10042019 - Politicians, traditional rulers aiding bandits — DEFENCE MINISTER

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22 Vanguard, WEDNESDAY, APRIL 10, 2019

IMF reviews Nigeria’s growth

upwards to 2.1%

...warns US-China trade tension will impact crude oil prices

Stories By Emeka Anaeto,

Emma Ujah and Peter

Egwuatu in Washington DC

The

International

Monetary Fund,

IMF, has effected an

upwards review of Nigeria’s

economic growth rate

projection to 2.1 percent, a

second review by the

Bretton Woods institution on

the forecast this year alone.

Earlier in January it had

reviewed the statistics

downwards to 2.0 percent

from initial figure of 2.3

percent referencing

challenges in the

international oil prices. But

oil prices have been

stabilizing since February

this year.

The positive forecast was

also made against the

backdrop of similar upwards

review on the oil producers

and other sub-Sahara Africa

economies in 2019 to 2.0

percent (from 1.3 percent in

2018) and 3.5 percent (from

3.0 percent in 2018)

respectively. These were

contained in the 2019 “World

Economic Outlook”, report

of the IMF released

yesterday at the ongoing

2019 Spring World Bank /

IMF meeting in Washington

DC, United States of

America, USA.

But in a near conflicting

position, the Chief

Economist & Director of

Research, IMF, Gita

Gopinath, at a press

briefing on the report also

yesterday said: “ Nigeria is

likely going to experience a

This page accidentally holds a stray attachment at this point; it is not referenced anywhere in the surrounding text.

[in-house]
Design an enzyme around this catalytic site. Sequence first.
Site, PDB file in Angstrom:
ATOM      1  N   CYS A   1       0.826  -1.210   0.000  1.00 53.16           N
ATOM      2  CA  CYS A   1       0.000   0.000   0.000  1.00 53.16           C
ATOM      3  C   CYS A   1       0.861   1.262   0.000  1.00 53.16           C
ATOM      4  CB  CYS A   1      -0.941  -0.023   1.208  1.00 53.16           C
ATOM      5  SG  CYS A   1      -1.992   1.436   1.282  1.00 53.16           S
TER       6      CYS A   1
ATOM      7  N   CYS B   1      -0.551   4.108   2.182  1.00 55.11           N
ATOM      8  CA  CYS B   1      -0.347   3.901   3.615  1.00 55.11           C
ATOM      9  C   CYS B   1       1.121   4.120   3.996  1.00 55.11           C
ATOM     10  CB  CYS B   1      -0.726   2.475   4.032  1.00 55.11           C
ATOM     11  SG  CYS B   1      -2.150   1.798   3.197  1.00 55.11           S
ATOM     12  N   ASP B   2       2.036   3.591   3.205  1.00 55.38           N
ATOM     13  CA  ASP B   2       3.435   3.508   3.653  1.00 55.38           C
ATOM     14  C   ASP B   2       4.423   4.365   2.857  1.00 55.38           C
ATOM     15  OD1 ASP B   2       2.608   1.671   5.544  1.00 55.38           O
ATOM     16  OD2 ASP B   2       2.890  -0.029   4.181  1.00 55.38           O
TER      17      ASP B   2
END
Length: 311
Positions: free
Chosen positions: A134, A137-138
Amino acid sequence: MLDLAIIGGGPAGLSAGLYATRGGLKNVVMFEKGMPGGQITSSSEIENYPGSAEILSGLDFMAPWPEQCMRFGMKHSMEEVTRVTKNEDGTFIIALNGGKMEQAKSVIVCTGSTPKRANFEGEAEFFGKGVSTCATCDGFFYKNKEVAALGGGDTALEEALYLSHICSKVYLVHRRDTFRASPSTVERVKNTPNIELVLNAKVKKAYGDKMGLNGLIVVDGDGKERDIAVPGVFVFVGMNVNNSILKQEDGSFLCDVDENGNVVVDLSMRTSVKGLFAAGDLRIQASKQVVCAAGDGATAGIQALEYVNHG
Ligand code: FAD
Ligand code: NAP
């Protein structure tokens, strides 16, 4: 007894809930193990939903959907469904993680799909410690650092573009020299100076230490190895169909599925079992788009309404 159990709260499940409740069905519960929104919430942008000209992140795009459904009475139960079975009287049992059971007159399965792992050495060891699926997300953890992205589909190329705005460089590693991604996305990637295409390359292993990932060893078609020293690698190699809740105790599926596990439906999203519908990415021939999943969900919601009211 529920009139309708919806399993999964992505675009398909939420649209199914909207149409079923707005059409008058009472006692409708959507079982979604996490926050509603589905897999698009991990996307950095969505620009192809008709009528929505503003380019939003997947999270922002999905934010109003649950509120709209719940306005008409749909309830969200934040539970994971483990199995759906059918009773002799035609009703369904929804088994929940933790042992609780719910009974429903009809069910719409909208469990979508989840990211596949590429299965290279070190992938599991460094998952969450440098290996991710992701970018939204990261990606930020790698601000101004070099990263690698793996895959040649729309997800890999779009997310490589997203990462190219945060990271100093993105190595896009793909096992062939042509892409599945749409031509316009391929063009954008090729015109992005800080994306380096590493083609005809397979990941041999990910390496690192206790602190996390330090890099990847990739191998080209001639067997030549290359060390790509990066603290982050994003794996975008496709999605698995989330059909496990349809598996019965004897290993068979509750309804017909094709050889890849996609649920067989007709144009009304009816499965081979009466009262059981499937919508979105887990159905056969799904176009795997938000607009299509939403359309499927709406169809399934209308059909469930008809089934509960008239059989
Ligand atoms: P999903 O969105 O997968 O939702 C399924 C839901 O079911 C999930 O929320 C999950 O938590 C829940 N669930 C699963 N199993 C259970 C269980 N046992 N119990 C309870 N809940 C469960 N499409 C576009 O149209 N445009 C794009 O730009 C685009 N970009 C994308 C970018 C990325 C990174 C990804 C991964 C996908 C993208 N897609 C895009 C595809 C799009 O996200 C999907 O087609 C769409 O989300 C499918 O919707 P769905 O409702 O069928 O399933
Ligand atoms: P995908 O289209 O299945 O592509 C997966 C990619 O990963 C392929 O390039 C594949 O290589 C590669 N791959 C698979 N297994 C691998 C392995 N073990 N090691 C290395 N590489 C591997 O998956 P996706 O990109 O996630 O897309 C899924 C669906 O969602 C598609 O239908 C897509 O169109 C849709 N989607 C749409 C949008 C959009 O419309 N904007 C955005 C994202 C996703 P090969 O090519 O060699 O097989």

weakening in economic

growth in the year 2019

following continued

weakness of the global

expansion.”

She also stated that IMF

has projected a further 3.7

percent expansion for the

Sub Saharan Africa region in

2020 while that of Nigeria

was projected at 2.5 percent.

Trade tension could crash

oil prices

However, Gopinath said

that a continued trade

tension between the US and

China would have a negative

impact on oil prices and

other commodities.

Responding to a question

on the impact of the trade

tension on Sub-Saharan

Africa, the IMF Chief

stated: “A continued trade

tension between the US and

China would further weaken

the global economy and this

will in turn have a negative

impact on prices of

commodities, including oil.

“With this weakness

expected to persist into the

first half of 2019, our new

World Economic Outlook

(WEO) projects a slowdown

in growth in 2019 for 70

percent of the world

economy. Global growth

softened to 3.6 percent in

Christine Lagarde, IMF

President

2018 and is projected to